The church is in desperate need of resurrection power, but resurrection power only arises out of the death of mortal power.  Until we trust God fully with our lives, even our eternal lives, we have not fully matured and trusted.  Until we can say like Paul, “I would...that I myself were accursed,” we are holding back from “drinking the cup” our Lord and Savior drank.  Either we go all the way and place our lives, even our eternal destiny, into His hands, or we slink into powerless oblivion.  We pray, read His word (and of course we should!), but where is the resurrection power that turns the world upside down and saves souls?  Until we complete THE FINAL STAGE OF TRUST it is doubtful the world will ever know we exist.      


Wednesday, March 29, 2017

Lessons from “The Darkling Thrush”

Since our times are similar to those of the poet Thomas Hardy’s, and foreboding and fear robbing faith tempts us as it did him at the turn of the twentieth century, I critique his poem, “The Darkling Thrush,” and hope—by so doing—to encourage those who fear only dark and dangerous times await us.

First, let us read his poem:

The Darkling Thrush

I leant upon a coppice gate 
      When Frost was spectre-grey, 
And Winter's dregs made desolate 
      The weakening eye of day. 
The tangled bine-stems scored the sky 
      Like strings of broken lyres, 
And all mankind that haunted nigh 
      Had sought their household fires. 

The land's sharp features seemed to be 
      The Century's corpse outleant, 
His crypt the cloudy canopy, 
      The wind his death-lament. 
The ancient pulse of germ and birth 
      Was shrunken hard and dry, 
And every spirit upon earth 
      Seemed fervourless as I. 

At once a voice arose among 
      The bleak twigs overhead 
In a full-hearted evensong 
      Of joy illimited; 
An aged thrush, frail, gaunt, and small, 
      In blast-beruffled plume, 
Had chosen thus to fling his soul 
      Upon the growing gloom. 

So little cause for carolings 
      Of such ecstatic sound 
Was written on terrestrial things 
      Afar or nigh around, 
That I could think there trembled through 
      His happy good-night air 
Some blessed Hope, whereof he knew 
      And I was unaware.  

A Critique of Hardy’s poem, “The Darkling Thrush”

The cold and austere canvas upon which Hardy paints his message in “The Darkling Thrush” belies a colorful hope that is resident within the gut of the speaker but to which his mind is as yet unfruitful.   If “contrast is the mother of clarity,” it is hoped that the grayness of winter upon which the vibrant color of the little bird’s song is launched—that accentuates the churning desire within him to know of something that he simply cannot now fathom—will eventually waft its way up into his cognizant mind from his visceral seat.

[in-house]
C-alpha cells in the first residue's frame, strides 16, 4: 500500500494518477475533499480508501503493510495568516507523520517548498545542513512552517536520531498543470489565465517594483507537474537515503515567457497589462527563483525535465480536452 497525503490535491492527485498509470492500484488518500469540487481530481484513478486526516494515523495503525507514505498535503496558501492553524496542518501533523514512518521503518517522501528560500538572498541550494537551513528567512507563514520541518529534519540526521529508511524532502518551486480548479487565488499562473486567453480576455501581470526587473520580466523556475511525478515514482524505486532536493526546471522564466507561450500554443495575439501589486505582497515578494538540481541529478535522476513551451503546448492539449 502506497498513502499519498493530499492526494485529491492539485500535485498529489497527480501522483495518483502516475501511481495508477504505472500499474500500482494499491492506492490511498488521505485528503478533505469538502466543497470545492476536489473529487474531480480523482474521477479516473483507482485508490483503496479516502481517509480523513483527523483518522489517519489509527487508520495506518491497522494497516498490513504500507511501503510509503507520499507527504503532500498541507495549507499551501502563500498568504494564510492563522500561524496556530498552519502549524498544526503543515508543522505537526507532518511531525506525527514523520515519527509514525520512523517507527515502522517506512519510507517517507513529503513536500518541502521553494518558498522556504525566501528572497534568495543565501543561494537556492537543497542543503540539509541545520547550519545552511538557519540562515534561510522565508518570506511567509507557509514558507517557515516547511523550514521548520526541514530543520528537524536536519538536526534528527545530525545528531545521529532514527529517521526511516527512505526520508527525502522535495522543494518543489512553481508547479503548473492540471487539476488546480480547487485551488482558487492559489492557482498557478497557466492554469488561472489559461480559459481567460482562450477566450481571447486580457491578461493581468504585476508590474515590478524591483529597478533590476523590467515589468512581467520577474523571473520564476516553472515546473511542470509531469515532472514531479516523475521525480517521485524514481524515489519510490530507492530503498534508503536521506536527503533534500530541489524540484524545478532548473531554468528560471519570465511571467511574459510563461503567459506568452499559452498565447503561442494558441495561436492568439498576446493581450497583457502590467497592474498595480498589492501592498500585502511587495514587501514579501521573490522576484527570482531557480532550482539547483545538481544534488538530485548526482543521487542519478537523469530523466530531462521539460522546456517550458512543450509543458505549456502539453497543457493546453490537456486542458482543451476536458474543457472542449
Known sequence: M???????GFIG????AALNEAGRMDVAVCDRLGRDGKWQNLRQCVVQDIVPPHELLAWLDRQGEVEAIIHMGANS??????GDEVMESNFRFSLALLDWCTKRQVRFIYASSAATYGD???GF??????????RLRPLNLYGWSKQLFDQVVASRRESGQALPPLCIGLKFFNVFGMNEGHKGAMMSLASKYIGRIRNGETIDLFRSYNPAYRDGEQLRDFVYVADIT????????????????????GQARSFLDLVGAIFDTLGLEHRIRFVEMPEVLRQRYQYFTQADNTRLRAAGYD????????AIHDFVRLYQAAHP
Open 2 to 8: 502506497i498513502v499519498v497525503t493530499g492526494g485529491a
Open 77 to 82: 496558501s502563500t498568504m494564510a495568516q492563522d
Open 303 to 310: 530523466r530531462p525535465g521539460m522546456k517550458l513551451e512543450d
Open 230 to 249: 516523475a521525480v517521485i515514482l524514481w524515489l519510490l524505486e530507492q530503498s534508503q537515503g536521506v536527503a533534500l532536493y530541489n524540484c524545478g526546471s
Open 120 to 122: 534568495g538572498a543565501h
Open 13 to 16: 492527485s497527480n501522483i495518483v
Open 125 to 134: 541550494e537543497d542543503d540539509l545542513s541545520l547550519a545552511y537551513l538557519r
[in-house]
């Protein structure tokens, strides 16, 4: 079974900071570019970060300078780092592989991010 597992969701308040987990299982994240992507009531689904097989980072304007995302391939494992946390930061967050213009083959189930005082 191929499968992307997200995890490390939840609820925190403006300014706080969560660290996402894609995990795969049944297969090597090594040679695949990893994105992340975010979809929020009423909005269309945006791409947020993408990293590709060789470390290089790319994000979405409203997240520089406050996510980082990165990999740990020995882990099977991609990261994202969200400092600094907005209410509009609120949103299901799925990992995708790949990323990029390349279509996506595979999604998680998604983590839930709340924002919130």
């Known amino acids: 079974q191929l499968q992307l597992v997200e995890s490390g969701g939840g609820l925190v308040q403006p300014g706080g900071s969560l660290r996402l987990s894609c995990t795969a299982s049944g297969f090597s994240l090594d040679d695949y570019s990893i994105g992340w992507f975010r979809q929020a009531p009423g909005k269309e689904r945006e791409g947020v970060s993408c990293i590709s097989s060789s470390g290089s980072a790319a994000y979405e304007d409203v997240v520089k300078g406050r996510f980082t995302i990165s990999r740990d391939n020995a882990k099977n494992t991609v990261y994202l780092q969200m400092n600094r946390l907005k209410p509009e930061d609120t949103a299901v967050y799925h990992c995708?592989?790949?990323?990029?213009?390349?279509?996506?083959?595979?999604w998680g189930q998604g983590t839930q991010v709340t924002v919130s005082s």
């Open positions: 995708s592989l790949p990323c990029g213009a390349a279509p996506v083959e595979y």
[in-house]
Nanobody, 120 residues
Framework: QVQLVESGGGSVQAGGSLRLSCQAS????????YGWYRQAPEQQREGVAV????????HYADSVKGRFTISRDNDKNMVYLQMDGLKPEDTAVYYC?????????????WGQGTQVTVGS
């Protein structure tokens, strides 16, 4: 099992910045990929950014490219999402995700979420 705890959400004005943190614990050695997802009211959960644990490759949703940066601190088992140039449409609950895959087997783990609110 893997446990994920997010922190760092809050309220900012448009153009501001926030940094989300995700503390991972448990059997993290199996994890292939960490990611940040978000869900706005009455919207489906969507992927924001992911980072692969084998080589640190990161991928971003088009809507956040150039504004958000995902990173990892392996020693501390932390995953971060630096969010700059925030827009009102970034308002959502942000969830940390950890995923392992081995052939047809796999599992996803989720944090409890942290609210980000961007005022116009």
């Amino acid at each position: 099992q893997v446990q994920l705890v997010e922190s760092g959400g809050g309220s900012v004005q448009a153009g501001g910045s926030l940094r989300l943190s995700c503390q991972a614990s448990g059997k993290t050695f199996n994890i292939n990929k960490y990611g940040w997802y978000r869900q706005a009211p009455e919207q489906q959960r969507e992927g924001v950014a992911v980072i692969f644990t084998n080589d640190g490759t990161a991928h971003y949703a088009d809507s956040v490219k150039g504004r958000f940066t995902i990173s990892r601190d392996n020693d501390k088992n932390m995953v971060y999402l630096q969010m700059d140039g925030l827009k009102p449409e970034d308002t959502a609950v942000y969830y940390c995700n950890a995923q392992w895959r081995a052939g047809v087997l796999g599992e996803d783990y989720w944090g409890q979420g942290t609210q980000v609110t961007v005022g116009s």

The door of the next century (and perhaps all of heaven) is shut to him, and but for the peephole-like-thrush-viewpoint, not a ray of hope is shining upon the advent of the coming new century or his eternal future.  But because grayness is not devoid of the whiteness of all light, and the cold of winter never shorn of all the heats of past and future summers, there was, and is, hope within this poem, however gloomy a picture Hardy painted with his words. 

When he opened his poem leaning “upon a coppice gate” he implied there was yet a portal of hope from which life could spring forth from; the harshly pruned and immature saplings could still grow into a mature grove of trees.  Just as many thought that Michelangelo had painted the Sistine Chapel with a dark palate (only to learn later—after many layers of soot had been removed which had built up over the years from many fires—that Michelangelo’s dark palate was perhaps not so dark after all: his work was a vibrant mosaic of many bright and rich colors) so might we realize the “light shining out of darkness” aspect to the art and heart of Hardy. 
          
Almost certainly the Seed of Christ remained in Hardy’s heart (when we are faithless, He remains faithful), but it appears he became overwhelmed by the encroaching darkness of his times.  Hardy was honest enough to acknowledge the state of what he saw and felt, but he was no longer expecting illumination.  Having begun in the Spirit, he was now being made perfect in the flesh.  As was Paul the Apostle’s indictment against the Galatians in times past, Hardy, who had once believed in Christ (and ought to have walked out that faith in the Spirit), was now being intellectually stunted by a moral fog which affected his ability to grasp the deeper significance of things.